The first of the three books I read between starting and finishing The Fortress of Solitude is The Underdog: How I Survived The World’s Most Outlandish Competitions by Joshua Davis. Hilarious. I am not sure where to begin but Davis’s interest in excelling in obscure or at times plain ridiculous fields of “sports” stems from two sources: the Ipski-Pipski stories his dad told him during his childhood (where Ipski-Pipski would overcome any and all difficulties in a very James Bondesque manner) and his mother’s undying hope that her son be best at something (she was the 1962 Miss Nevada and a contender for Miss Universe, who barely missed first spot because of a bad hairdo). So, Davis decides to overcome his shortcomings that keep him from becoming a traditional achiever (such as a high school basketball star or college football player) and get rid of his unfulfilling job as a data-entry clerk by embarking on a quest to be really good at something. Davis not only faces the challenge of finding out what he can excel in but also of providing for his wife, who is about to enroll in gradate school and considers his actions very childish. It is, therefore, difficult to see where Davis is going when he chooses arm wrestling as the first sport to prove himself in. At 125 pounds and 5 foot 9 (and wearing glasses) Davis is not the usual imposing arm-wrestler you would imagine. But despite his physique, Davis manages to join the American Arm Wrestling Team and attend the world championships in Poland, ranking 19th worldwide due and placing 4th in the lightweight category worldwide. Quite a title for a first timer, but it sure helps that there were a mere 4 lightweight contenders. Encouraged by his mediocre success, Davis pursues bullfighting, sumo wrestling, backward running and a Sauna World Championship. Through each of his misadventures Davis meets people such as celebrity bullfighter Miguel Baez Litri, sumo wrestling Yokozuna (grand champion, a title granted to only two people) Musashimaru, world-class backward runner (and inventor) K. Veerabadran, and the Swedish sauna lover Markku Mustonen, who influence and encourage him to pursue his heart’s desire. As Davis runs (at times backwards) from one outrageous feat to another, he also manages to pull his family together, please his wife and land a job at Wired as a staff reporter. The Underdog is an unusual and genuinely encouraging take on the American dream of being all you can be (or whatever you want to be) and it points out that doing ridiculous things might work after all.My second book during the Lethem intermission was Kurt Dosyasi (The Kurdish File) by Ugur Mumcu. Mumcu is a Turkish journalist murdered in 1993 (suspects still at large) whose works were very detailed and influential. I talked a lot about him during my journalism school applications, which made me want to read more of his work. Mumcu was murdered while working on Kurt Dosyasi, hence it is unfortunately cut short in its early investigative stages. The parts that were published, however, tell the parallel stories of (currently imprisoned head of PKK) Abdullah Ocalan’s life as a student, as well as his involvement in the 1970s left-wing student movements, and the government policies regarding the Kurdish population in the Eastern and South-eastern parts of Turkey in the 1930s. The documents that Mumcu presents are interesting and shocking, such as reports by ministers and minutes of parliamentary hearings that talk about assimilating Kurds to Turkish society, dispersing Kurdish clans, and replacing internal populations for the Turkification of Eastern Turkey and the Kurds. Kurt Dosyasi also draws on the government’s shortcomings in peacefully penetrating Kurdish societies and its failure to deal with the threats posed by armed militias that disrupted trade, prevented investments and threatened the newly founded republic with uprisings. Unfortunately, Mumcu was killed before tying all the pieces together and explaining the emergence of Ocalan as the leader of the Kurdish insurgency in 1984. I am sure that his work would have been invaluable in assessing the “Kurdish Issue” in Turkey and it is a shame that it is incomplete. Still, it is a great source of information and sheds some light on the wrong nationalistic policies of the 1930s that led to the creation of Kurdish discontent in Turkey. I would recommend it to all parties interested in the issue; the only drawback is that you have to know Turkish, as the book is not translated.My third and last intermission book was another one by Ugur Mumcu: Sakincali Piyade (The Problematic Private). This collection of short memoirs constitute a satirical take on life, as mostly experienced by Mumcu, in the period following the coup d’etat of March 12, 1971, in Turkey. This was the second time since the foundation of modern Turkey in 1923 that the military dissolved the parliament, declared martial law and ran the country until new elections, which, in this instance, they took place two years later in October 1973 (the other 2 coup d’etats are May 27, 1960 and September 12, 1980 – there is also a military decree issued in February 28, 1997 that caused the government to resign). Mumcu was an Assistant Dean of the Ankara Law School at the time. His leftist politics were widely know and not hidden. In the two years that the military administered the country a lot of leftists were persecuted on extremely flimsy charges. Mumcu was one of them. His bitter experiences led to Sakincali Piyade, which points at the outrageous claims made against him, as well as other leftist scholars, thinkers and activists of his generation. His memoirs chronicle life in prison, court hearings and the army. Mumcu had to serve his mandatory military service in this period and at the hands of army officials that hoped to “correct” his “thinking” during the service. The courtroom antics that Mumcu lists are ridiculous in retrospect, but point directly to the gravity of the situation in the 1970s and the sad consequences of “enforcing” democracy through the military. I would recommend Sakincali Piyade to everyone who is looking to laugh and think deeply (and do those simultaneously) about the tragic-comic situations that plague Turkey to this day. Unfortunately, Sakincali Piyade is also not translated.Part 1, 2, 3, 4, 5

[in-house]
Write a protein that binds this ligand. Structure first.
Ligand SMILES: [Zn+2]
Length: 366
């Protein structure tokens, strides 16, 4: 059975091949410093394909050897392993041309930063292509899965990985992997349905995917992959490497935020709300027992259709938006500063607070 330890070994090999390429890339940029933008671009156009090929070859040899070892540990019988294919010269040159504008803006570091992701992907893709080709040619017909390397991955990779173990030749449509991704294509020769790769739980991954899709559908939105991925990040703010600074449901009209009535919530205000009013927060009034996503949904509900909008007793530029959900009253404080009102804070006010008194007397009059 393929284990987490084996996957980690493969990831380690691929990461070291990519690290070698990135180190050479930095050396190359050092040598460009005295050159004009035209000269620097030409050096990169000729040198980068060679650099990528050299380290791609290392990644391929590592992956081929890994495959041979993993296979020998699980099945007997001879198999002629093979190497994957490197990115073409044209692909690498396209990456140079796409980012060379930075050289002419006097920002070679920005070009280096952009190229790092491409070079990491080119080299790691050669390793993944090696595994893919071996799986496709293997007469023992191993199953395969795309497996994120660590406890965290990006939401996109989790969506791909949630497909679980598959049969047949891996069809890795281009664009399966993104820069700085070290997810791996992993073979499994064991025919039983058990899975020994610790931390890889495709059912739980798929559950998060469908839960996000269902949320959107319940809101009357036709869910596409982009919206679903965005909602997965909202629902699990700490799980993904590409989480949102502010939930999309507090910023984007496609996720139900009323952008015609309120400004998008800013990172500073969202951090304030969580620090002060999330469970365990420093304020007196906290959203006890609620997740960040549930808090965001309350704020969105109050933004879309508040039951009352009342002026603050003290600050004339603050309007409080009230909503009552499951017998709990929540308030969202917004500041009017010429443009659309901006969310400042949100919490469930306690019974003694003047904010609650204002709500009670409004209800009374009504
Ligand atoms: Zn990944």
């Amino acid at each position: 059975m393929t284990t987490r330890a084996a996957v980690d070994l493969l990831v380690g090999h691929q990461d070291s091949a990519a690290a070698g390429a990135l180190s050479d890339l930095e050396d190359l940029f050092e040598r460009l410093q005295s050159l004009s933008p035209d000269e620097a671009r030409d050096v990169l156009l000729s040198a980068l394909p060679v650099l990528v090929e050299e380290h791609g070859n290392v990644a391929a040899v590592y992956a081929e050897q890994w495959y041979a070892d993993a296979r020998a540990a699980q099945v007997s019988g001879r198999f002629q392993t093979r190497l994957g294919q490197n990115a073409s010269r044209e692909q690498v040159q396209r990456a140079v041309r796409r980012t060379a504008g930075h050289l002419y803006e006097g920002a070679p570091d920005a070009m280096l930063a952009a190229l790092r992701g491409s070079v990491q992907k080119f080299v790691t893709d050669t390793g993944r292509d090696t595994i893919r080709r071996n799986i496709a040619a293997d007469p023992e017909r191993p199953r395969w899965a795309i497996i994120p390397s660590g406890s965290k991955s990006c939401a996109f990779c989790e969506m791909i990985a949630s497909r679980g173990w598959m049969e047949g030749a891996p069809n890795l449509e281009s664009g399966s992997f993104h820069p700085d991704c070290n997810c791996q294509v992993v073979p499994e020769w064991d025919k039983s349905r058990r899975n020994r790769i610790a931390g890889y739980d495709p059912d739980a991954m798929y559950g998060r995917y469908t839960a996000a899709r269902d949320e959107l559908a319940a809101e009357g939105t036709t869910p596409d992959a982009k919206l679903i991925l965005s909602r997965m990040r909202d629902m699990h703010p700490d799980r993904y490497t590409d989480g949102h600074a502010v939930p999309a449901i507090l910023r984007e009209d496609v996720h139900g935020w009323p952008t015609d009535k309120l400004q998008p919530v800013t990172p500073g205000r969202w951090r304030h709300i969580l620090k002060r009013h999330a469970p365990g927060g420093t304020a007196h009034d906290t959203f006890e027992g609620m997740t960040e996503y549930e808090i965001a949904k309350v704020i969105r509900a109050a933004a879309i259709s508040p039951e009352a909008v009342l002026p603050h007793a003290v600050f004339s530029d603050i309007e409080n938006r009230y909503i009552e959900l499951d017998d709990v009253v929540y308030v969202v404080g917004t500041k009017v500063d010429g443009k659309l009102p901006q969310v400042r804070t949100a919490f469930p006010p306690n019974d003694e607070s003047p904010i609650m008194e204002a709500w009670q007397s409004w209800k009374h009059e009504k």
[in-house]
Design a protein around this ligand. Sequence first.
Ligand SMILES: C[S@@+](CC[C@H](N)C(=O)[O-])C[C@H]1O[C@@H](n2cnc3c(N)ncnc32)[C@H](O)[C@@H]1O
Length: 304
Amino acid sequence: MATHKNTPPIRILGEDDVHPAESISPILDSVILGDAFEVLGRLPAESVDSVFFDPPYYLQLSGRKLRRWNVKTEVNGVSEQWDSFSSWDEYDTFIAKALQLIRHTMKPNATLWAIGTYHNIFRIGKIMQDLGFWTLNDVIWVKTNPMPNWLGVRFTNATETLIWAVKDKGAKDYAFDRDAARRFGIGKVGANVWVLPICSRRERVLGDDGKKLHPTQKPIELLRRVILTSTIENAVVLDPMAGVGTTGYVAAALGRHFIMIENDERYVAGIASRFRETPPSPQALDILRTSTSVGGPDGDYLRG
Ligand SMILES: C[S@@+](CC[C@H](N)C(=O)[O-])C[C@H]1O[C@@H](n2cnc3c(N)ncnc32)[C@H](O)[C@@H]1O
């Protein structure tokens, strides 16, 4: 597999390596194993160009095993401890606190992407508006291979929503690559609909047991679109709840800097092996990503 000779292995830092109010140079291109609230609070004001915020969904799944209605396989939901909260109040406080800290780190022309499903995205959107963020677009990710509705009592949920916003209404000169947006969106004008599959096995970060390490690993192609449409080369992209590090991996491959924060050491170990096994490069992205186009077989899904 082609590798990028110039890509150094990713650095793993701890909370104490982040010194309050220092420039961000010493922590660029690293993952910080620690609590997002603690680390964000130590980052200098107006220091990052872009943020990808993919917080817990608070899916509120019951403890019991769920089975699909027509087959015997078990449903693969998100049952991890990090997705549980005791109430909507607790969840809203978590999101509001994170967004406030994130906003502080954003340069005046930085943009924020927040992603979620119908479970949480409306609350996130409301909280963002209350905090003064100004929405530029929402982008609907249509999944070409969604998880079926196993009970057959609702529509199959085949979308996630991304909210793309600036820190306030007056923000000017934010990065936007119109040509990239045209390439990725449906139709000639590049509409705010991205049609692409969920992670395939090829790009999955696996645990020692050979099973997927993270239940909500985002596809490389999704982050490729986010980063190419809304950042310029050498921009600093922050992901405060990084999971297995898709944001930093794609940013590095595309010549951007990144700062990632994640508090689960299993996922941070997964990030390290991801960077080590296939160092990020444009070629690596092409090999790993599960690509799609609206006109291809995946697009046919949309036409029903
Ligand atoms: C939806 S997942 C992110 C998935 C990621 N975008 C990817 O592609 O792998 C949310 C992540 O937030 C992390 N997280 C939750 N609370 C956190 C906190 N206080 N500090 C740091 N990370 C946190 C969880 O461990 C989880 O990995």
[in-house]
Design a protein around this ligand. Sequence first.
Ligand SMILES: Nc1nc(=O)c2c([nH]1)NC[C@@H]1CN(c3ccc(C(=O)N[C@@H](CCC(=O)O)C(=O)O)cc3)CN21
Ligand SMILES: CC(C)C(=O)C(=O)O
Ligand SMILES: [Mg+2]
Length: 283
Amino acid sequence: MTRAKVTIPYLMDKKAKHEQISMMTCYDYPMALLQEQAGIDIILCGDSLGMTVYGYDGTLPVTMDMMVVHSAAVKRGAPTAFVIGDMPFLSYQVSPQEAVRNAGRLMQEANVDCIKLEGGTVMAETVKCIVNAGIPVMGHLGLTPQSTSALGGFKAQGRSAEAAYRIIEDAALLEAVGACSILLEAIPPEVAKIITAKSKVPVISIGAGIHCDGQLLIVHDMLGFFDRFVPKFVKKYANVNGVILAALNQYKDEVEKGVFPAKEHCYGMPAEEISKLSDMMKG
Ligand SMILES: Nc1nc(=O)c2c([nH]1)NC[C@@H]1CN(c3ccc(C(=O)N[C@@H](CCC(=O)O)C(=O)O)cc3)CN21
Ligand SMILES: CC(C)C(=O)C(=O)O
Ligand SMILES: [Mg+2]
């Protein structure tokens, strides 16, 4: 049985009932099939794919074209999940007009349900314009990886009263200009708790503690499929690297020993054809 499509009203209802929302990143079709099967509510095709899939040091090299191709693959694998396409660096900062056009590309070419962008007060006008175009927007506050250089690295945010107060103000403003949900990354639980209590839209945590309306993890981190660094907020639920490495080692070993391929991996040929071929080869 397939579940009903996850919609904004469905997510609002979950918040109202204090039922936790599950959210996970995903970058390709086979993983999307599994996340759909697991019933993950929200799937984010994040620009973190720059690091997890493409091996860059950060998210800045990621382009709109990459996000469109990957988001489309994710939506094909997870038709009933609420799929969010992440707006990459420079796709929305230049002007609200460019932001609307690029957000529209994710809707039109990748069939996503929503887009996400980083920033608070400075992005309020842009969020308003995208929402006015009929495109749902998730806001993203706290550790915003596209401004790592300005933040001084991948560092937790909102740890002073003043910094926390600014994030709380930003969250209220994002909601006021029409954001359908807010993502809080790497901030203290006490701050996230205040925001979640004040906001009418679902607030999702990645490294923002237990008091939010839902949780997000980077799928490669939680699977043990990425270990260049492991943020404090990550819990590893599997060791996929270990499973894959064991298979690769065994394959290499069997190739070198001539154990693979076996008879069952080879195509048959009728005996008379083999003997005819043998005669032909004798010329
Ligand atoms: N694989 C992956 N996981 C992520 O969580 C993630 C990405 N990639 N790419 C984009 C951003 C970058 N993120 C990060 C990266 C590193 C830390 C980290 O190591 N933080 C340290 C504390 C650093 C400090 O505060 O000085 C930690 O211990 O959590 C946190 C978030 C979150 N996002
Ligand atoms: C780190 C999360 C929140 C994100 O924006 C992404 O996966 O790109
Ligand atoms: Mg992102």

Pat Conroy recently unleashed a verbal beating on a West Virginia school district that, prodded by complaints from parents, suspended the teaching of two of his novels. English teachers, in particular, will smile when they read this. It begins:I received an urgent e-mail from a high school student named Makenzie Hatfield of Charleston, West Virginia. She informed me of a group of parents who were attempting to suppress the teaching of two of my novels, The Prince of Tides and Beach Music. I heard rumors of this controversy as I was completing my latest filthy, vomit-inducing work. These controversies are so commonplace in my life that I no longer get involved. But my knowledge of mountain lore is strong enough to know the dangers of refusing to help a Hatfield of West Virginia. I also do not mess with McCoys.Keep reading.
Perhaps you’ve heard the recent news that Random House is suing to recover a $300,000 advance from P. Diddy for an autobiography he failed to deliver back in 1999. In the Guardian, Blake Morrison argues that Random House’s litigousness represents a departure from gentlmanly publishing practices of the past. It is most certainly the only article that I’ve ever come across that manages to find what P. Diddy and Marcel Proust have in common.Of course, P Diddy is not a poet starving in a garret. In fact, thanks to his business interests, which range from ownership of Bad Boy Entertainment to the Sean John clothing line, he could probably afford to buy every garret in Manhattan – and still have something left over. Moreover, Random House could put that £160,000 to good uses – to encourage a first-time novelist, for instance.Still, a worrying precedent is being set here. What will the world of literature come to if every late-delivering author is held to account? Authors have been slow to deliver ever since Moses came down from Mount Sinai with his tablets of stone (40 days and nights late, according to his editor). In the 19th century, those who failed to produce their promised magnum opus ranged from Coleridge and de Quincey (both of whom suffered an opium habit) to Casaubon in George Eliot’s novel Middlemarch, with his grandiose plans to write a scholarly Key to All Mythologies.In the 20th century, it was Proust who set the appropriate tortoise pace.Link